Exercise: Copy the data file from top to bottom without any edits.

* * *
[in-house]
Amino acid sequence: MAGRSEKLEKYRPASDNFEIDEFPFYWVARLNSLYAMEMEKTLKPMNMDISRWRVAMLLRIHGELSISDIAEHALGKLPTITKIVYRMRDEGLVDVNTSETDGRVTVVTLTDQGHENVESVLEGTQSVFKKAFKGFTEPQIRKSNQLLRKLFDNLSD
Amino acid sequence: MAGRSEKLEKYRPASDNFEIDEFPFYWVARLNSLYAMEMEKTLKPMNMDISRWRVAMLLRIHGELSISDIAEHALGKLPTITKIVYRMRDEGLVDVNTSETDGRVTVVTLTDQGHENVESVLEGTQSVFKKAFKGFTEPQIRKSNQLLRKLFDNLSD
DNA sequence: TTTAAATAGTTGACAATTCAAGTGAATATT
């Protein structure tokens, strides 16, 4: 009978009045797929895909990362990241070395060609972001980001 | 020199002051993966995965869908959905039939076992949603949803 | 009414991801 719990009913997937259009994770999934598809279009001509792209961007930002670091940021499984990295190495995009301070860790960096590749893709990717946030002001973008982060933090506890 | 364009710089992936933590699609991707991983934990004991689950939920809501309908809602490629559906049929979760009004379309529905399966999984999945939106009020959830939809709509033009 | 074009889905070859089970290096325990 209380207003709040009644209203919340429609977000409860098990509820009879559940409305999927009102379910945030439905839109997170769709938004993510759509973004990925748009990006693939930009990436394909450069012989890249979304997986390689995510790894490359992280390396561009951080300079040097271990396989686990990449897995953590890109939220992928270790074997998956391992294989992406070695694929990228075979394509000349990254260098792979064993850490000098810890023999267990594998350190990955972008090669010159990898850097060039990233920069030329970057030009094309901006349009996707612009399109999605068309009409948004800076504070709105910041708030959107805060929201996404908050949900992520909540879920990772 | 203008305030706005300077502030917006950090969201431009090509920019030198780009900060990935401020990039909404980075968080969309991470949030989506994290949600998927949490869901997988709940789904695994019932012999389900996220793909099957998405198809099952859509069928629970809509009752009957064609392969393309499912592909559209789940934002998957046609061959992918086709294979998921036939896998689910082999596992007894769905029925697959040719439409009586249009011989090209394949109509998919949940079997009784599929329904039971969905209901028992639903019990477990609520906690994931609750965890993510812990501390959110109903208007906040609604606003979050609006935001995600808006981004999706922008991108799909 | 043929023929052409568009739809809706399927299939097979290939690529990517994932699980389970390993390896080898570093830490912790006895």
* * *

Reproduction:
[in-house]
Amino acid sequence: MAGRSEKLEKYRPASDNFEIDEFPFYWVARLNSLYAMEMEKTLKPMNMDISRWRVAMLLRIHGELSISDIAEHALGKLPTITKIVYRMRDEGLVDVNTSETDGRVTVVTLTDQGHENVESVLEGTQSVFKKAFKGFTEPQIRKSNQLLRKLFDNLSD
Amino acid sequence: MAGRSEKLEKYRPASDNFEIDEFPFYWVARLNSLYAMEMEKTLKPMNMDISRWRVAMLLRIHGELSISDIAEHALGKLPTITKIVYRMRDEGLVDVNTSETDGRVTVVTLTDQGHENVESVLEGTQSVFKKAFKGFTEPQIRKSNQLLRKLFDNLSD
DNA sequence: TTTAAATAGTTGACAATTCAAGTGAATATT
């Protein structure tokens, strides 16, 4: 009978009045797929895909990362990241070395060609972001980001 | 020199002051993966995965869908959905039939076992949603949803 | 009414991801 719990009913997937259009994770999934598809279009001509792209961007930002670091940021499984990295190495995009301070860790960096590749893709990717946030002001973008982060933090506890 | 364009710089992936933590699609991707991983934990004991689950939920809501309908809602490629559906049929979760009004379309529905399966999984999945939106009020959830939809709509033009 | 074009889905070859089970290096325990 209380207003709040009644209203919340429609977000409860098990509820009879559940409305999927009102379910945030439905839109997170769709938004993510759509973004990925748009990006693939930009990436394909450069012989890249979304997986390689995510790894490359992280390396561009951080300079040097271990396989686990990449897995953590890109939220992928270790074997998956391992294989992406070695694929990228075979394509000349990254260098792979064993850490000098810890023999267990594998350190990955972008090669010159990898850097060039990233920069030329970057030009094309901006349009996707612009399109999605068309009409948004800076504070709105910041708030959107805060929201996404908050949900992520909540879920990772 | 203008305030706005300077502030917006950090969201431009090509920019030198780009900060990935401020990039909404980075968080969309991470949030989506994290949600998927949490869901997988709940789904695994019932012999389900996220793909099957998405198809099952859509069928629970809509009752009957064609392969393309499912592909559209789940934002998957046609061959992918086709294979998921036939896998689910082999596992007894769905029925697959040719439409009586249009011989090209394949109509998919949940079997009784599929329904039971969905209901028992639903019990477990609520906690994931609750965890993510812990501390959110109903208007906040609604606003979050609006935001995600808006981004999706922008991108799909 | 043929023929052409568009739809809706399927299939097979290939690529990517994932699980389970390993390896080898570093830490912790006895």